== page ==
Pencil Jacks Exercise: How To, Muscles Worked,…

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Changing up your workout routine can make it more interesting. Discover how to do pencil jacks, what muscles they work, and whether they are worth it.

Pencil jacks are a variation of jumping jacks where you do a little jump with your arms straight up in the air between each jumping jack.

This makes the exercise focus slightly more on the front part of your shoulder muscles and calves but it also makes doing the exercise at high speeds a lot more awkward.

In turn, pencil jacks are mostly useful as a warmup or to improve coordination.

If you want to improve muscle endurance and/or cardiovascular health and don’t necessarily like pencil jacks, you likely want to choose regular jumping jacks or one of the alternatives.

How to do a pencil jack

Take the following steps to do a pencil jack:

  1. Stand upright with your arms beside your body.
  2. Jump in the air and move your legs sideways and outward. At the same time, move your arms sideways and upward.
  3. Land with your feet wide apart and your arms pointing upward. You want to land with your legs slightly bent for comfort and injury risk reasons.
  4. Jump back into starting position by reversing the movement from step 2.
  5. Jump straight up a small amount while moving your arms forward and upward. Ideally, your arms are vertical at the top of the jump movement and back down when you land.
  6. Land with slightly less than stretched legs into starting position.
How to do a pencil jack

Especially when you first try them out, pencil jacks will likely feel relatively awkward to do.

You can give it a try but even when you are more experienced, pencil jacks will feel awkward to do at high speeds.

To make this exercise somewhat more challenging for your cardiovascular system anyway you can wear a good weighted vest while doing pencil jacks.

Muscles worked with pencil jacks

Some of the muscles you work with pencil jacks include your hip adductors (inner thighs), hip abductors (outer thighs/hips), calves, quadriceps (front thighs), glutes (butt), hamstrings (back thighs), core, and shoulders.

When it comes to muscle engagement, pencil jacks are different from regular jumping jacks in that they focus more on your calves and the front part of your deltoids (main shoulder muscle).

At the same time, you spend less time engaging your inner and outer thighs.

All of these muscle engagement differences between pencil jacks and jumping jacks are mostly relevant in terms of improving endurance in these areas.

Both exercises are generally not hard enough to actually cause muscle growth.

Pencil jack exercise benefits

Pencil jacks will likely not be the most effective exercise available but they do still offer positive effects. Some of these benefits include:

  1. No equipment or location required: You can pencil jacks no matter what your fitness budget is or in what location you are.
  2. Better cardiovascular health: Working your cardiovascular system harder with pencil jacks can make this system healthier.
  3. Muscle endurance improvements: The arm and leg movements in pencil jacks are likely not enough to build muscle. At the same time, they can still help you improve muscle endurance.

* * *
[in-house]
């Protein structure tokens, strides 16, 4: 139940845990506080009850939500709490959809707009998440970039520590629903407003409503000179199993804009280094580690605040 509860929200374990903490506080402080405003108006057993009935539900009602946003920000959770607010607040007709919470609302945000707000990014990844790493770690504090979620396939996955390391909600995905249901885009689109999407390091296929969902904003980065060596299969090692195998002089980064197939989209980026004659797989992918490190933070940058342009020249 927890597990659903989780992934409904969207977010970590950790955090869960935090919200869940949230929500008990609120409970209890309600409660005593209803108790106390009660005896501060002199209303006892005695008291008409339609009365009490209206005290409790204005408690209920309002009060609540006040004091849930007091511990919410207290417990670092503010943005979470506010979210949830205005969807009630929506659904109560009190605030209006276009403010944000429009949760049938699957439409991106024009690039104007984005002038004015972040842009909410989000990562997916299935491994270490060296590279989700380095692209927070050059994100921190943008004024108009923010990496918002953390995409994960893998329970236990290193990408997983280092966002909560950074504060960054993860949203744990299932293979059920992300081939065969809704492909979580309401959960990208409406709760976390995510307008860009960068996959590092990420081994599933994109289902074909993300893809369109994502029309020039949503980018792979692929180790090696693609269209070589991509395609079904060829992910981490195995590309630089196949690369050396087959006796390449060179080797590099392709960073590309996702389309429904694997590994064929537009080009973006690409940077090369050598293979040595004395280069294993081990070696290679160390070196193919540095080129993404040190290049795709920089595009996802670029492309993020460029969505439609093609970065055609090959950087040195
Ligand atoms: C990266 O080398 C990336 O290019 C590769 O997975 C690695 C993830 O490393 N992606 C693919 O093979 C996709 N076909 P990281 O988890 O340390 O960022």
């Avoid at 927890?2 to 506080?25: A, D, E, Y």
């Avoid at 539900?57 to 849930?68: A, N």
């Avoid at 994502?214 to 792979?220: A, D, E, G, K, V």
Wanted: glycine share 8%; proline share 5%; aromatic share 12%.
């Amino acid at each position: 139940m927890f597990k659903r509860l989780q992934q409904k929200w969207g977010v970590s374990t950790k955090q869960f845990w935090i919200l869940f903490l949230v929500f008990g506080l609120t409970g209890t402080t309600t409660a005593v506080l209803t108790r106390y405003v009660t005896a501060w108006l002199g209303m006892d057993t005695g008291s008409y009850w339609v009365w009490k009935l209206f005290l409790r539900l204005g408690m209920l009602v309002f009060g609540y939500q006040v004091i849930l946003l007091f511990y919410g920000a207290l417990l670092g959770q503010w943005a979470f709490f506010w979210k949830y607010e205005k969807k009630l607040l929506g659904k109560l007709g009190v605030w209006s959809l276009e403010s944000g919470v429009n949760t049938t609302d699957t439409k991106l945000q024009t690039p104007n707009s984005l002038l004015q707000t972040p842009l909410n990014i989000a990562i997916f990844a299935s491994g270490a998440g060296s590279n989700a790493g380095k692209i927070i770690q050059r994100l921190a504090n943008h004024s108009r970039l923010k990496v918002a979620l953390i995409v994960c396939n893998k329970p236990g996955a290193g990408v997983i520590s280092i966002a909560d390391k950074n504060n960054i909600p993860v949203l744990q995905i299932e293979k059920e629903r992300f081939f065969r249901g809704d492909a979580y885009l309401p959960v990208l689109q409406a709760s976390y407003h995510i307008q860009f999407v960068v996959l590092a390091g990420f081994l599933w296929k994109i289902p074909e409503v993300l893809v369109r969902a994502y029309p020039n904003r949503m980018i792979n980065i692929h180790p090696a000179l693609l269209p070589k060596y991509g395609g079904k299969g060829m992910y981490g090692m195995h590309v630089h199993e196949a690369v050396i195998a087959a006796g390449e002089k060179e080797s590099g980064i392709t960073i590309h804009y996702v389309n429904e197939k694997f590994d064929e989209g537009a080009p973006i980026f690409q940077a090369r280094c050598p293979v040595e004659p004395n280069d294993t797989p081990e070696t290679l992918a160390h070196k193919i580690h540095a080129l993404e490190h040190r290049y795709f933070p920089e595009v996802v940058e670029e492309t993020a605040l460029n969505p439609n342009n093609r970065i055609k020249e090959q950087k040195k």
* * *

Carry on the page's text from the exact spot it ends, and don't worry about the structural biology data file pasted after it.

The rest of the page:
4. Can help with losing weight: Losing weight requires you to use up more energy than is coming in from food. Pencil jacks make this easier to do by increasing your energy usage.
  5. Improves mood: Doing intense movements like pencil jacks generally makes your body produce more endorphins. These tend to improve your mood.
  6. Balance and coordination: The movements in pencil jacks can feel a bit awkward to do. By challenging your coordination skills, you can improve them.
  7. Improves sleep: You can improve your sleep quality and duration by working out more often. For example, by doing pencil jacks.

Jumping jacks offer these benefits too but if you like the pencil jack movement more you could consider this variation too.

Pencil jack exercise alternatives

It is also definitely possible that you don’t necessarily like doing pencil jacks that much. In that case, you can consider their alternatives instead.

  • Jumping jacks
  • Side shuffles
  • Agility drills
  • High knees
  • Weighted leg adductions or abductions
  • Squats
  • Using a rowing machine

To choose between these pencil jack exercise alternatives you want to think about what you are trying to achieve and potentially try out a few different options.

Are pencil jacks a good exercise?

You can say that pencil jacks help you warm up, improve your coordination, and to some extent benefit cardiovascular health and muscle endurance.

However, it is hard to really call this a good exercise.

This is mainly because pencil jacks are awkward to do at high speeds and not that challenging for your muscles.

So if you don’t necessarily like doing pencil jacks more than its more effective alternatives, you likely want to go for these other exercise options instead.

If you do like pencil jacks you can still do them. Pencil jacks typically offer a lot more benefits than doing nothing at all.

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Matt Claes founded Weight Loss Made Practical to help people get in shape and stay there after losing 37 pounds and learning the best of the best about weight loss, health, and longevity for over 4 years. Over these years he has become an expert in nutrition, exercise, and other physical health aspects.